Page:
Heartburn and alcohol have a unique relationship. A study published in Digestive Diseases and Sciences found that those who drank 12 ounces of red wine with lunch or dinner had higher-than-normal levels of acid in the esophagus. Other studies have shown that of those people who suffer from heartburn, roughly 6 in 10 said alcohol led directly to heartburn symptoms on a daily, weekly, or monthly basis.

Alcohol can be dangerous for heartburn sufferers because of its 3-pronged attack. It triggers symptoms by:

  • Relaxing the lower esophageal sphincter (LES), allowing acid to reflux into the esophagus, whose lining becomes irritated
  • Causing the progressive contractions that occur with swallowing to become erratic, which allows acid to back into the esophagus
  • Both increasing the acid produced in the stomach and making the esophagus more sensitive to acid

However, having a drink is not necessarily out of the question. It's all a matter of moderation.

For example, drinking during large meals is worst, but if you stay below certain levels, you can help minimize the risk, severity, and duration of symptoms. Drink less than:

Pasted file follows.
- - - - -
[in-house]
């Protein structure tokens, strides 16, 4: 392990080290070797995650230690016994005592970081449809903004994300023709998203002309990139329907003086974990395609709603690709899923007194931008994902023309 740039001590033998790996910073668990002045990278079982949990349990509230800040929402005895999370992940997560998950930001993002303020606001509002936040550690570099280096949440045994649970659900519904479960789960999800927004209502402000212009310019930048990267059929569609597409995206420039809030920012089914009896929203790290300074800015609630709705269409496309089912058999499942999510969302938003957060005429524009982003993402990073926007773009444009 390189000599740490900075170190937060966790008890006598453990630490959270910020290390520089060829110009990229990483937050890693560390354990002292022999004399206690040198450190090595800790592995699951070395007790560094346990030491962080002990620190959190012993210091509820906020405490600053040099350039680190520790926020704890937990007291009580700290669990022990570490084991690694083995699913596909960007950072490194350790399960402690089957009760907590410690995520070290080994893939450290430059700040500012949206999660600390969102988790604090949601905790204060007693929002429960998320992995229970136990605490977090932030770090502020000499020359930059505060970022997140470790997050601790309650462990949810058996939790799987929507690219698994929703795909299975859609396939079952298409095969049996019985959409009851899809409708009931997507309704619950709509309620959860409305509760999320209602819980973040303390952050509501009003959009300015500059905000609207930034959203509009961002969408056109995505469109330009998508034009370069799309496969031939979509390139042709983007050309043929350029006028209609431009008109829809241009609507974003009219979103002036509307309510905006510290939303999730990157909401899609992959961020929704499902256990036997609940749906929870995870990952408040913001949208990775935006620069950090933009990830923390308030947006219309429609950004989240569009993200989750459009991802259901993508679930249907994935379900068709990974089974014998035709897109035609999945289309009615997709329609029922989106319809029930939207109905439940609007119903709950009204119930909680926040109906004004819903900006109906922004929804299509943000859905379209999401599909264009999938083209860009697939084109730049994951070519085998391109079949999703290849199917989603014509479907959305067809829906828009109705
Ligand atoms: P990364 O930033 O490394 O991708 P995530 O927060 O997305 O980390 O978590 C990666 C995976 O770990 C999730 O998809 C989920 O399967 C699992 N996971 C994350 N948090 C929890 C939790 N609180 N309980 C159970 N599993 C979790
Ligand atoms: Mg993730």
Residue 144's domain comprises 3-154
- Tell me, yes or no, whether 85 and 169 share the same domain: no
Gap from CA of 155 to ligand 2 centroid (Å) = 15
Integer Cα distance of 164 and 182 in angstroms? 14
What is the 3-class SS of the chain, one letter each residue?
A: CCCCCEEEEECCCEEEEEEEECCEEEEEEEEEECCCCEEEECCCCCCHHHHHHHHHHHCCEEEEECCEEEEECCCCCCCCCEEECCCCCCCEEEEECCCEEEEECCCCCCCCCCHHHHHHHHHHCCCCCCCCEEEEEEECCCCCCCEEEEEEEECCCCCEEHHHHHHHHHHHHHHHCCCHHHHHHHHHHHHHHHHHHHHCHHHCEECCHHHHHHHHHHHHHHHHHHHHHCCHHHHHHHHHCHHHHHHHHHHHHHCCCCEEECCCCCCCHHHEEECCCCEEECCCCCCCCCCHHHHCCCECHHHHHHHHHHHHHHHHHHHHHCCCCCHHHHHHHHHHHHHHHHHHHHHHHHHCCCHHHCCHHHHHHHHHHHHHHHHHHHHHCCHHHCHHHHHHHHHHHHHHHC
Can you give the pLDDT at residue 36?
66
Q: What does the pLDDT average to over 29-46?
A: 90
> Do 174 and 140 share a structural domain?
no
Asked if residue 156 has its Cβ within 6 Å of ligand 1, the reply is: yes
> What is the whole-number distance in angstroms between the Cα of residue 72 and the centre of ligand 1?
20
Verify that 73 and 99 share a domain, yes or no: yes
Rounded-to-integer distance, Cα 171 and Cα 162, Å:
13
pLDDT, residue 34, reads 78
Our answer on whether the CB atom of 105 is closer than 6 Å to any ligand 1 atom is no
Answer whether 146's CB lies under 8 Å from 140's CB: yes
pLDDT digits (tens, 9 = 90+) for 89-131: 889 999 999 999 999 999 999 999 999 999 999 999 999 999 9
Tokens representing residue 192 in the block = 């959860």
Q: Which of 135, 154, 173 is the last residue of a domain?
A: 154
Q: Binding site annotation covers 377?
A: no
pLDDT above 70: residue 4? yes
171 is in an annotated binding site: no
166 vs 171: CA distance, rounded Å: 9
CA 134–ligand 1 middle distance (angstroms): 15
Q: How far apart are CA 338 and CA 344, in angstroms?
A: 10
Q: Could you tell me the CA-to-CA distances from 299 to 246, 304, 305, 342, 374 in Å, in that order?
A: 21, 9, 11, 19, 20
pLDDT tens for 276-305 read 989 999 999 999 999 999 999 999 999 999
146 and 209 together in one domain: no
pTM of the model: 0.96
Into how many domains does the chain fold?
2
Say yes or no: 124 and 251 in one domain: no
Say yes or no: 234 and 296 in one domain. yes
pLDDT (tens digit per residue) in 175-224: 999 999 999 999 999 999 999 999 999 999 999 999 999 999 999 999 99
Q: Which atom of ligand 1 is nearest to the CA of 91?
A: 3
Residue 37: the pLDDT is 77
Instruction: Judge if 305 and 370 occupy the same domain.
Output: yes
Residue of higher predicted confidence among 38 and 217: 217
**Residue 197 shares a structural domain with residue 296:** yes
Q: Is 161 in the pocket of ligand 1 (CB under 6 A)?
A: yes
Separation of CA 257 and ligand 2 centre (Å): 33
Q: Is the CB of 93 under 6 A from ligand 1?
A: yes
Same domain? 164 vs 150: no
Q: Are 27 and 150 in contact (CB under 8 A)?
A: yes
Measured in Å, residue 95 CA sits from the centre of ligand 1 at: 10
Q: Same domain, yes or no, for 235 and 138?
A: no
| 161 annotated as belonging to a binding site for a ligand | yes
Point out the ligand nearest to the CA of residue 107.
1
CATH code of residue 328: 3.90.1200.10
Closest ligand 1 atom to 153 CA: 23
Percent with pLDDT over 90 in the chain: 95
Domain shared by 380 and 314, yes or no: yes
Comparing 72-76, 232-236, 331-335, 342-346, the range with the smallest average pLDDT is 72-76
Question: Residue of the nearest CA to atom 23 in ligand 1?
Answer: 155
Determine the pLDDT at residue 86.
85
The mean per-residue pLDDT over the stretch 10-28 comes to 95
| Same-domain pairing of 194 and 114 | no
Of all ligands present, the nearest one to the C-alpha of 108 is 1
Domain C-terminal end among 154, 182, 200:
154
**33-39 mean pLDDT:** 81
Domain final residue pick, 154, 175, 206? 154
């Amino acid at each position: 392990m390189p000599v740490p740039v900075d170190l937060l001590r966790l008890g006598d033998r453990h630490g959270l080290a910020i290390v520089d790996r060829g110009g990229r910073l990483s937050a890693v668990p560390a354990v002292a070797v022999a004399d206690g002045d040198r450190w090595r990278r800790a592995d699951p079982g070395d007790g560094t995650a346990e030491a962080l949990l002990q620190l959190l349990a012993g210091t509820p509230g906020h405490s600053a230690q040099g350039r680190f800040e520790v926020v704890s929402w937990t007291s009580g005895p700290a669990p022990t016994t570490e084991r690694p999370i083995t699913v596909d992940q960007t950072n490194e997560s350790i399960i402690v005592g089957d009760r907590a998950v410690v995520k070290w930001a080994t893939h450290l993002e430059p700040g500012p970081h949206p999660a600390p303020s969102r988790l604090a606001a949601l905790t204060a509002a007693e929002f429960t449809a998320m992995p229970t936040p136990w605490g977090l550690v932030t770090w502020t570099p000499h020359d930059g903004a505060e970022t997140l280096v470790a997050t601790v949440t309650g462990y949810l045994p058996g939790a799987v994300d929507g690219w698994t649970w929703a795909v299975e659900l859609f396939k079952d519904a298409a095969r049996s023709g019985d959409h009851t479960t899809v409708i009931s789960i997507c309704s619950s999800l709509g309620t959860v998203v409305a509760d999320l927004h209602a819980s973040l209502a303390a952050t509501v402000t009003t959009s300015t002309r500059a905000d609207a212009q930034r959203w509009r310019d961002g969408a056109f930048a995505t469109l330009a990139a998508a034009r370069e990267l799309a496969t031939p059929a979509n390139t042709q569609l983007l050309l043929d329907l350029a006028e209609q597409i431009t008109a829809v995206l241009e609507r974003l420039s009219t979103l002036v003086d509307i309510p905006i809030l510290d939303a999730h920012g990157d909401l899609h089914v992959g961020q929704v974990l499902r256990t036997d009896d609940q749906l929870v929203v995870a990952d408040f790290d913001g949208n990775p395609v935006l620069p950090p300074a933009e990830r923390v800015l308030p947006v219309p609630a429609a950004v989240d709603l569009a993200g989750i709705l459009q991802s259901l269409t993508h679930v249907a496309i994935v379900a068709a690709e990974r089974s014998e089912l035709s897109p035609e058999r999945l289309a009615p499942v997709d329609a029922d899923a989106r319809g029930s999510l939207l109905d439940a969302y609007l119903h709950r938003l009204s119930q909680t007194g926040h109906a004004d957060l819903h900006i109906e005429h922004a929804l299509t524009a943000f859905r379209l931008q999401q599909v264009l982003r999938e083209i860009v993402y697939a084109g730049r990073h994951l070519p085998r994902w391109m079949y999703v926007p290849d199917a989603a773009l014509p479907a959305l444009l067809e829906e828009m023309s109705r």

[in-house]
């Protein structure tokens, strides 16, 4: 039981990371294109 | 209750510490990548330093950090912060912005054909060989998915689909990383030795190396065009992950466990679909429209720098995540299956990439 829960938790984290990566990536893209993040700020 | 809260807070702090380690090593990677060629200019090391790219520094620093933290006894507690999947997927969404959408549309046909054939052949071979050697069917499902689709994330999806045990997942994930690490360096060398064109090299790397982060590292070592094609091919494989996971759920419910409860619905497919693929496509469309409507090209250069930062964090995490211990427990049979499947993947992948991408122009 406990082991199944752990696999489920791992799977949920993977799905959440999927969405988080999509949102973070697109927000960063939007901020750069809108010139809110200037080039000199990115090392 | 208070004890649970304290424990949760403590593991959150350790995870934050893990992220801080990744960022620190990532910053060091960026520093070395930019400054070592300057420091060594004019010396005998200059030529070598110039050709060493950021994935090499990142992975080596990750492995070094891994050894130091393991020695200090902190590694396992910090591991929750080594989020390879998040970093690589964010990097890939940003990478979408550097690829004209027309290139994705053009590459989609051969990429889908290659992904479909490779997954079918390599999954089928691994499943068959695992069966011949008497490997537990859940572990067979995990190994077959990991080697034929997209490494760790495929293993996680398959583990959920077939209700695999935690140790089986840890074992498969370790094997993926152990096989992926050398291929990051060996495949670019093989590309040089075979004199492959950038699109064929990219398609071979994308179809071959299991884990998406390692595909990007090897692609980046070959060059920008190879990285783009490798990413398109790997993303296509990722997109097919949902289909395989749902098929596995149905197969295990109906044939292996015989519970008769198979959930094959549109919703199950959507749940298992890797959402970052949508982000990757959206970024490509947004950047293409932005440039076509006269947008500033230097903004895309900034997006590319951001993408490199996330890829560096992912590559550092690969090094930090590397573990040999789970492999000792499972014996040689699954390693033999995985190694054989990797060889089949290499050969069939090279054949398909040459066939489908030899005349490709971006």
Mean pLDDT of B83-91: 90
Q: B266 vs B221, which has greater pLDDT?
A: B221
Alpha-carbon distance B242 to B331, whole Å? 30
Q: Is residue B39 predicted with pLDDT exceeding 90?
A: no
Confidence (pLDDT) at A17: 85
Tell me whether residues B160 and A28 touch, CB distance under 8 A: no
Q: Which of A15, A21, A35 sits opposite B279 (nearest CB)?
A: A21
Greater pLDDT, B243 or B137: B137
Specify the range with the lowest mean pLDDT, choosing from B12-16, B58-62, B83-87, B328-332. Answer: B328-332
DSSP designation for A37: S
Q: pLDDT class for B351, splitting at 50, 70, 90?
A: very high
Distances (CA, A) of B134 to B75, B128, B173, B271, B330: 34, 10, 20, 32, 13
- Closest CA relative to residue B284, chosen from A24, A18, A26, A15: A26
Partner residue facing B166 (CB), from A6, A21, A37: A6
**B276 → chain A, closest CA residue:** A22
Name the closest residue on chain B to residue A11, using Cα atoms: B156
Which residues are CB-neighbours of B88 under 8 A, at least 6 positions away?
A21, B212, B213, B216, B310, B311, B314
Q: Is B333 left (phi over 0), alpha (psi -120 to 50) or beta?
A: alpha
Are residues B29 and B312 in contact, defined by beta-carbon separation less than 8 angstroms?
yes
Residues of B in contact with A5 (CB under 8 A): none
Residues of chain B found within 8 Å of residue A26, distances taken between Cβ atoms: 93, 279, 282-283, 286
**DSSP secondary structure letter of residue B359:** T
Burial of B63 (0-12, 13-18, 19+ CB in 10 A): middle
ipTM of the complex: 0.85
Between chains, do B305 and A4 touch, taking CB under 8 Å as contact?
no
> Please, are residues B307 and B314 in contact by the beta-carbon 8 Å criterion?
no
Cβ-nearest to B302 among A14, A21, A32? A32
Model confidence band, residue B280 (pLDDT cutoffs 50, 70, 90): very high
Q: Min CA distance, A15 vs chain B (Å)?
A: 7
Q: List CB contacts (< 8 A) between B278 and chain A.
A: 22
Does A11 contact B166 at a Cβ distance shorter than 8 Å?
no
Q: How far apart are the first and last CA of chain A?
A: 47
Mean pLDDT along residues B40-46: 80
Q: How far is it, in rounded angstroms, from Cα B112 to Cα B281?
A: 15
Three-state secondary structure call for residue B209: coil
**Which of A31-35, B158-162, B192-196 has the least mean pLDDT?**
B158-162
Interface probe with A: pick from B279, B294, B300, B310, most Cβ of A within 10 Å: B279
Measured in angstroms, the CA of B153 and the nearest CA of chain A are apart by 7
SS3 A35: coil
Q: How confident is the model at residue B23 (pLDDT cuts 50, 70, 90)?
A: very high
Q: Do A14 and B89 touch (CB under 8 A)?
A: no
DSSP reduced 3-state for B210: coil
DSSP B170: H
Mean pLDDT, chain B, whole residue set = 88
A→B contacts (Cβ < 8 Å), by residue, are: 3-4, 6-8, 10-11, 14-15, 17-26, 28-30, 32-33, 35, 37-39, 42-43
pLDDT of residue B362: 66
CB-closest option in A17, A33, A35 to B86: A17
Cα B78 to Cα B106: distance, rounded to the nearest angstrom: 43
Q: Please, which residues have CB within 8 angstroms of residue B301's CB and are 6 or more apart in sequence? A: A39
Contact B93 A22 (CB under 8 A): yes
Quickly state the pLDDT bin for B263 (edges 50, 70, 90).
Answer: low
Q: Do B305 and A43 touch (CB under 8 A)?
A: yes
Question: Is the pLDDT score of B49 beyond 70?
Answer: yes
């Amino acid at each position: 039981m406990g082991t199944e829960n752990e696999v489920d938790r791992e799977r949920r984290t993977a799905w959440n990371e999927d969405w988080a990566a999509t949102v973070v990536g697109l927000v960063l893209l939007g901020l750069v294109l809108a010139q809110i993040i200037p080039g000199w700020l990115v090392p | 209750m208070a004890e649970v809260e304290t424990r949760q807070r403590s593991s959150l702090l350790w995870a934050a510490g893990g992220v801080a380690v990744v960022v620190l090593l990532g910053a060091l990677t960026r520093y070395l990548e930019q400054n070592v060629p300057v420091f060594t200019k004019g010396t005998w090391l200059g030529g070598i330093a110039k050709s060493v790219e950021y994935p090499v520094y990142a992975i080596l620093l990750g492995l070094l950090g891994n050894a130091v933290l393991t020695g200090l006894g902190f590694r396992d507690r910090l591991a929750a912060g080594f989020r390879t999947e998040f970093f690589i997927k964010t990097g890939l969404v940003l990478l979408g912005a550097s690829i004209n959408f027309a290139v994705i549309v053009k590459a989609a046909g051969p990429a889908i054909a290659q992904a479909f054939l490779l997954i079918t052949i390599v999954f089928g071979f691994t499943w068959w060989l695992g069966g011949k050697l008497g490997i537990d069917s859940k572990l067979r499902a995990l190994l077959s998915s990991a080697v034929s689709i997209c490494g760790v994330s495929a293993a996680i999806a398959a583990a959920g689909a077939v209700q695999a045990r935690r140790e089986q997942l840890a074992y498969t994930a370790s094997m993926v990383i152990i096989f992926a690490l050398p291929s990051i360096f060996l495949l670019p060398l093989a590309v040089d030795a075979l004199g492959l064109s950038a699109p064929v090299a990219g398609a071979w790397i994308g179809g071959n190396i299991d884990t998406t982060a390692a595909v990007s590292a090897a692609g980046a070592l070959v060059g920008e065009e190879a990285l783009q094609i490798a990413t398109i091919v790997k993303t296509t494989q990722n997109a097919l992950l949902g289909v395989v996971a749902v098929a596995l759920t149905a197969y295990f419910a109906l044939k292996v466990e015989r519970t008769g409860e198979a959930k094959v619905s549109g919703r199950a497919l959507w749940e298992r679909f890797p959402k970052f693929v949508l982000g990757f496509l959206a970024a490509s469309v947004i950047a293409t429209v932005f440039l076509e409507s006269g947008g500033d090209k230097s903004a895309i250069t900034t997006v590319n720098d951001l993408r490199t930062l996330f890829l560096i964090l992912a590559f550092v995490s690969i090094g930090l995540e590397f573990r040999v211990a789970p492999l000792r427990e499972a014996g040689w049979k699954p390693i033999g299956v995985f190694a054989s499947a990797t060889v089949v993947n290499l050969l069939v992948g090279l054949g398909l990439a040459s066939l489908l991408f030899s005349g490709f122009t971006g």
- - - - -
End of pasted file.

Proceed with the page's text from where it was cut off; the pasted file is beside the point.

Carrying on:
• 1 to 2 mixed drinks
  • 2 to 3 beers
  • 12 to16 ounces of wine (preferably white)

Of course, different people have different tolerances. Recording your daily activities will help you identify trends and pinpoint your personal reaction to alcohol. Keep a diary detailing your alcohol and food consumption. And if you experience symptoms 30 minutes after a plate of ravioli and three glasses of wine, rethink not only combing heavy meals with extra drinks but also the timing of both.

Lastly, if you often enjoy a cocktail after a tough day at work, but always experience heartburn shortly afterward, consider alternative methods of relaxation. Consider walking around your neighborhood or attending a yoga class with friends. Both are great at relieving stress, another cause of heartburn.